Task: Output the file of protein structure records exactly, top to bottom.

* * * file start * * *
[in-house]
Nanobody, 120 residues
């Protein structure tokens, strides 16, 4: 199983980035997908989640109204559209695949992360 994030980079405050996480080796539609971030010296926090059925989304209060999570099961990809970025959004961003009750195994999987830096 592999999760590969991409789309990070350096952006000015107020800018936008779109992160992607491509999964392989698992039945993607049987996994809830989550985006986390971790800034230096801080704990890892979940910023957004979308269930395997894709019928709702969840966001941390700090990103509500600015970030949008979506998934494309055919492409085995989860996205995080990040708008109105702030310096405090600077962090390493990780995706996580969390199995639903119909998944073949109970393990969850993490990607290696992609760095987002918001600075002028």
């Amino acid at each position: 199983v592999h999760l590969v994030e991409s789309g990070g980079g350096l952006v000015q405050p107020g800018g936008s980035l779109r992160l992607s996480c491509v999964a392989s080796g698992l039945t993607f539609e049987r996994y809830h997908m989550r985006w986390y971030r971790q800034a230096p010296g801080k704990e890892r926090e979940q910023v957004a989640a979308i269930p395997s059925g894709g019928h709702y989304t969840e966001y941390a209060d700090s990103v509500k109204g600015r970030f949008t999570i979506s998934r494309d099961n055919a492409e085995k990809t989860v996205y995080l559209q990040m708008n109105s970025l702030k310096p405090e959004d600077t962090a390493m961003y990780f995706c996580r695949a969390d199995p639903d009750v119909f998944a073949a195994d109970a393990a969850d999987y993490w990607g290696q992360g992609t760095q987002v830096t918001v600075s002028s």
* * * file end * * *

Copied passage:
[in-house]
Nanobody, 120 residues
């Protein structure tokens, strides 16, 4: 199983980035997908989640109204559209695949992360 994030980079405050996480080796539609971030010296926090059925989304209060999570099961990809970025959004961003009750195994999987830096 592999999760590969991409789309990070350096952006000015107020800018936008779109992160992607491509999964392989698992039945993607049987996994809830989550985006986390971790800034230096801080704990890892979940910023957004979308269930395997894709019928709702969840966001941390700090990103509500600015970030949008979506998934494309055919492409085995989860996205995080990040708008109105702030310096405090600077962090390493990780995706996580969390199995639903119909998944073949109970393990969850993490990607290696992609760095987002918001600075002028």
């Amino acid at each position: 199983v592999h999760l590969v994030e991409s789309g990070g980079g350096l952006v000015q405050p107020g800018g936008s980035l779109r992160l992607s996480c491509v999964a392989s080796g698992l039945t993607f539609e049987r996994y809830h997908m989550r985006w986390y971030r971790q800034a230096p010296g801080k704990e890892r926090e979940q910023v957004a989640a979308i269930p395997s059925g894709g019928h709702y989304t969840e966001y941390a209060d700090s990103v509500k109204g600015r970030f949008t999570i979506s998934r494309d099961n055919a492409e085995k990809t989860v996205y995080l559209q990040m708008n109105s970025l702030k310096p405090e959004d600077t962090a390493m961003y990780f995706c996580r695949a969390d199995p639903d009750v119909f998944a073949a195994d109970a393990a969850d999987y993490w990607g290696q992360g992609t760095q987002v830096t918001v600075s002028s």